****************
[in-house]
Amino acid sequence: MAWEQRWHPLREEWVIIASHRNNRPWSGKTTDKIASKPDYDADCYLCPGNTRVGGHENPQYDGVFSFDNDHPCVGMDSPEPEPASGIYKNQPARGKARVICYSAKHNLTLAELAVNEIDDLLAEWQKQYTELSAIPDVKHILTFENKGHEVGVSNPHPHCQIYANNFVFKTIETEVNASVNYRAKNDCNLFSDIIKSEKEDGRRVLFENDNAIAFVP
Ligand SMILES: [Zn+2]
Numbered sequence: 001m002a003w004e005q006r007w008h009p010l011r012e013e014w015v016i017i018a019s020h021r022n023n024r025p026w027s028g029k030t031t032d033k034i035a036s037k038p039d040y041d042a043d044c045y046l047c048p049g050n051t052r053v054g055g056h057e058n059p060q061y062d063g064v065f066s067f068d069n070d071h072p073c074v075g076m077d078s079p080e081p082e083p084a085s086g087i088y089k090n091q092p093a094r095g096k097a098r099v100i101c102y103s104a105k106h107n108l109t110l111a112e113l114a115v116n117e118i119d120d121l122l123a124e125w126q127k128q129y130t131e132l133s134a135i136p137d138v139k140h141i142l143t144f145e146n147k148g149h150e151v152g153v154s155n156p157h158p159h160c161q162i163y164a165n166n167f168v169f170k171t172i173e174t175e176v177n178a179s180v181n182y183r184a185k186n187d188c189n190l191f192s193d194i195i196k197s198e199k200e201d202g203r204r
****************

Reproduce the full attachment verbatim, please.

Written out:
[in-house]
Amino acid sequence: MAWEQRWHPLREEWVIIASHRNNRPWSGKTTDKIASKPDYDADCYLCPGNTRVGGHENPQYDGVFSFDNDHPCVGMDSPEPEPASGIYKNQPARGKARVICYSAKHNLTLAELAVNEIDDLLAEWQKQYTELSAIPDVKHILTFENKGHEVGVSNPHPHCQIYANNFVFKTIETEVNASVNYRAKNDCNLFSDIIKSEKEDGRRVLFENDNAIAFVP
Ligand SMILES: [Zn+2]
Numbered sequence: 001m002a003w004e005q006r007w008h009p010l011r012e013e014w015v016i017i018a019s020h021r022n023n024r025p026w027s028g029k030t031t032d033k034i035a036s037k038p039d040y041d042a043d044c045y046l047c048p049g050n051t052r053v054g055g056h057e058n059p060q061y062d063g064v065f066s067f068d069n070d071h072p073c074v075g076m077d078s079p080e081p082e083p084a085s086g087i088y089k090n091q092p093a094r095g096k097a098r099v100i101c102y103s104a105k106h107n108l109t110l111a112e113l114a115v116n117e118i119d120d121l122l123a124e125w126q127k128q129y130t131e132l133s134a135i136p137d138v139k140h141i142l143t144f145e146n147k148g149h150e151v152g153v154s155n156p157h158p159h160c161q162i163y164a165n166n167f168v169f170k171t172i173e174t175e176v177n178a179s180v181n182y183r184a185k186n187d188c189n190l191f192s193d194i195i196k197s198e199k200e201d202g203r204r